Bottle Rocket, Rushmore, and The Royal Tenenbaums, were all penned with co-star Owen Wilson, but Wilson’s subsequent acting success left him little time to write. Anderson’s first film with his new screenwriting partner, filmmaker Noah Baumbach, was 2004’s The Life Aquatic with Steve Zissou, and critical response was somewhat muted—it wasn’t panned, by any means, but it was certainly seen as a drop after the steady build of excellence in his first three pictures. For Darjeeling, Anderson teamed with Rushmore co-star Jason Schwartzman and filmmaker (and Schwartzman’s cousin) Roman Coppola to write the tale of three estranged brothers on a journey for spiritual enlightenment through India. Light, airy, and somewhat slight, it didn’t quite live up to the hopes of Anderson’s fans. But freed of its release date expectations, and accepted and digested as a “lesser Anderson,” it offers some modest diversion.
The Whitman brothers are played by Wilson, Schwartzman, and Adrien Brody—apparently distinctive noses are in the family’s DNA. Jack (Schwartzman) is a short story writer with a complicated romantic history; he’s just out of a hurtful relationship, but he’s clinging to the remnants. Peter (Brody) has a seemingly healthy marriage to a supportive wife (Camilla Rutherford), though he’s regarding her pregnancy with alarming indifference. Francis (Wilson) is coming off a near-death experience that has prompted a spiritual awakening, so he’s the instigator and organizer of the train trip through India, where he insists that they “be completely open and say yes to everything, even if it’s shocking and painful.”
His intentions to forge new bonds are honorable, and probably honest. But the three men are telling lies and keeping secrets from the moment they reconnect, and one of the stronger qualities of Anderson, Schwartzman, and Coppola’s screenplay is how deeply it drills down into the pettiness, jealousy, and impatience of the multi-brother dynamic (I have three uncles—trust me on this). The trio is constantly splitting into factions, one approaching the other when the third is absent, gossiping and telling stories out of school; the dysfunction is palpable and realistic.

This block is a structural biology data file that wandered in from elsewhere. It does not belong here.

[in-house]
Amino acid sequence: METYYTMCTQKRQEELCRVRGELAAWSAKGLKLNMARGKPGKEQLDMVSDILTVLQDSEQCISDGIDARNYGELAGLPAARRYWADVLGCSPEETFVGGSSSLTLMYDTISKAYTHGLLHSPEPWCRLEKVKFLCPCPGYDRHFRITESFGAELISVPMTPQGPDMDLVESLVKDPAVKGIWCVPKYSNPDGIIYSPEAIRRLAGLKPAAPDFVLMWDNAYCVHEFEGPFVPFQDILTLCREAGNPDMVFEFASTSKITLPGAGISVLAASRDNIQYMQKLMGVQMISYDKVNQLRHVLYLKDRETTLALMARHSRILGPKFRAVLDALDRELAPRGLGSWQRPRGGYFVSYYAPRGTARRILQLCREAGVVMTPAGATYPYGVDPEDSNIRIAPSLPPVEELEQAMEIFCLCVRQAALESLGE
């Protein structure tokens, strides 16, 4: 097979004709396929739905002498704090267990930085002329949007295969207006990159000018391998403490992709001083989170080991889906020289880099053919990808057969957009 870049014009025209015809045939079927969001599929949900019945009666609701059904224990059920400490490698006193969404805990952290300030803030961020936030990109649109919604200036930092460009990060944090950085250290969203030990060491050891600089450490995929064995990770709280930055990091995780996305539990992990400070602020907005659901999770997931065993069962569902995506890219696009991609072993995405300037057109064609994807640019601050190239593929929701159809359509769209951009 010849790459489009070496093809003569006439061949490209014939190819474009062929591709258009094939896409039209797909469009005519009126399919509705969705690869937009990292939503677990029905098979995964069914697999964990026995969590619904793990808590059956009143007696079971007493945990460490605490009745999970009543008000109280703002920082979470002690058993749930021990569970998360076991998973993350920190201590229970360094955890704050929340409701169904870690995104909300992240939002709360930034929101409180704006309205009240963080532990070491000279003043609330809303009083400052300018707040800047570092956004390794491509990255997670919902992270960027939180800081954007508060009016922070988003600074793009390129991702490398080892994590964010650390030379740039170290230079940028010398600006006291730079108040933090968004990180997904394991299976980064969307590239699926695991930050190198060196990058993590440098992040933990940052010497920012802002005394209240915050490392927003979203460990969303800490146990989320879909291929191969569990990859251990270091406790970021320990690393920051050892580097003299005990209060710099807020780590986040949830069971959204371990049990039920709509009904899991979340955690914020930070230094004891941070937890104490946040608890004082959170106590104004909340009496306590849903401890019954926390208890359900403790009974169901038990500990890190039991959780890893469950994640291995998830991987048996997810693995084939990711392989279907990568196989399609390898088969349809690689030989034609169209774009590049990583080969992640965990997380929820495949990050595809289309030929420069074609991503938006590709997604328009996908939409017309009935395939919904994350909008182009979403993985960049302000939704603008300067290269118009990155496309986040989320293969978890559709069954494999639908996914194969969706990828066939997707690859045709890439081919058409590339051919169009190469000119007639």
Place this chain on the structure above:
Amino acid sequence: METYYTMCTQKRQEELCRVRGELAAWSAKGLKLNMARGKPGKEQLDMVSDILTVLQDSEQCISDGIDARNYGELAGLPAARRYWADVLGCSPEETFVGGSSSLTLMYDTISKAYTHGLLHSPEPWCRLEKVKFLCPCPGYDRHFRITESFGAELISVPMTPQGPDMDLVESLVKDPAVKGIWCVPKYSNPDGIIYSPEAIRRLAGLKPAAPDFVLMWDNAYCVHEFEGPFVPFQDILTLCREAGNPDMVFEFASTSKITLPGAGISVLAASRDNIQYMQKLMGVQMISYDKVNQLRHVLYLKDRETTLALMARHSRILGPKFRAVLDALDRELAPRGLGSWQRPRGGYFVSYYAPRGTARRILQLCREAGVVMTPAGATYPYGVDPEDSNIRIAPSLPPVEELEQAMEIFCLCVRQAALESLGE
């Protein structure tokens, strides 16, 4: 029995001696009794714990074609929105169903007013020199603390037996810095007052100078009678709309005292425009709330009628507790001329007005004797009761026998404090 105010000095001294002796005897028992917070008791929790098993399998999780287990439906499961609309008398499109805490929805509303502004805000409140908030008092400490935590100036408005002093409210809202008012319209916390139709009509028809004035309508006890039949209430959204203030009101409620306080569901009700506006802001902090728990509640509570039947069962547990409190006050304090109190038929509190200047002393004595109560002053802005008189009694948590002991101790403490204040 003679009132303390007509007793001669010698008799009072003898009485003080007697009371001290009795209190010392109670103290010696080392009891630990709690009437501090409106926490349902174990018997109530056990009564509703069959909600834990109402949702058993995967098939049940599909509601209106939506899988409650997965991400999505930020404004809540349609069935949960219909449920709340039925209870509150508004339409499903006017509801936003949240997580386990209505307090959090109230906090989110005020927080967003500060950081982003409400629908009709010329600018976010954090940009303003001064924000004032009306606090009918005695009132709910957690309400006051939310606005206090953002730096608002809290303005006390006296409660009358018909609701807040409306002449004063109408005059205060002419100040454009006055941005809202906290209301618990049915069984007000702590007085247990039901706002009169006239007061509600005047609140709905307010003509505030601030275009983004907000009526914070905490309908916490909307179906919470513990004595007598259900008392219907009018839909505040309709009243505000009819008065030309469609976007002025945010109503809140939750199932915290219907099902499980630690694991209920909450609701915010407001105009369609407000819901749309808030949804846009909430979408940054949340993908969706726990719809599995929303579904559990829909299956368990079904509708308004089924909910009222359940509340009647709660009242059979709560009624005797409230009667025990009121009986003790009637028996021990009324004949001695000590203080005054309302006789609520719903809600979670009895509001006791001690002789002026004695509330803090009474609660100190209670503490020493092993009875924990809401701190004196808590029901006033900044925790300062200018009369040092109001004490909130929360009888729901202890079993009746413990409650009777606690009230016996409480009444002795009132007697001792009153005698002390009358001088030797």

Their snappy patter and short, loaded exchanges are mostly done for quiet, subtle chuckles and jabbing passive-aggressive pain, though the eventual physical culmination of their button-pushing—a knock-down fight diffused with generous amounts of pepper spray—is played for explosive laughs, which it gets. But the picture’s mostly low-key comic sensibility allows Anderson to successfully negotiate the eventual turn to more serious themes; there’s an undercurrent of pathos throughout which eases into the foreground without much effort.
Anderson’s intricately detailed production design is as attractive as ever, as are his elegant three-man compositions and playful camerawork (including some of his most effective, evocative slo-mo work to date). The film also has some structural cleverness—it runs in a fairly straightforward A-B-C chronology, but an unexpected, extended flashback late in the film is ingeniously done. However, there are some flat moments and genuine pacing issues, including a second act drag that makes the picture feel longer than its slight, 91 minute running time, and some of the sideline bits (like Bill Murray’s appearance) are a bit baffling. The Darjeeling Limited is ultimately problematic, lacking the clean form and emotional punch of Anderson’s best work. But that’s not to say it isn’t worth your time.
Within the Wes Anderson canon, The Darjeeling Limited is a minor work; there is a slightness about it that his other films seldom have. That said, though it may not stand as a fully-developed or entirely rewarding picture, it certainly has its moments—the beauty of the train car sequence at its climax, the cleverness of the desert scenes, the warmth of the closing images. It’s JV Anderson, sure, but even slightly off his game, he’s more compelling than most of his peers.
"The Darjeeling Limited" was released today on Blu-ray, and in a new DVD special edition, by the Criterion Collection. For full A/V and bonus feature details, read this review on DVD Talk.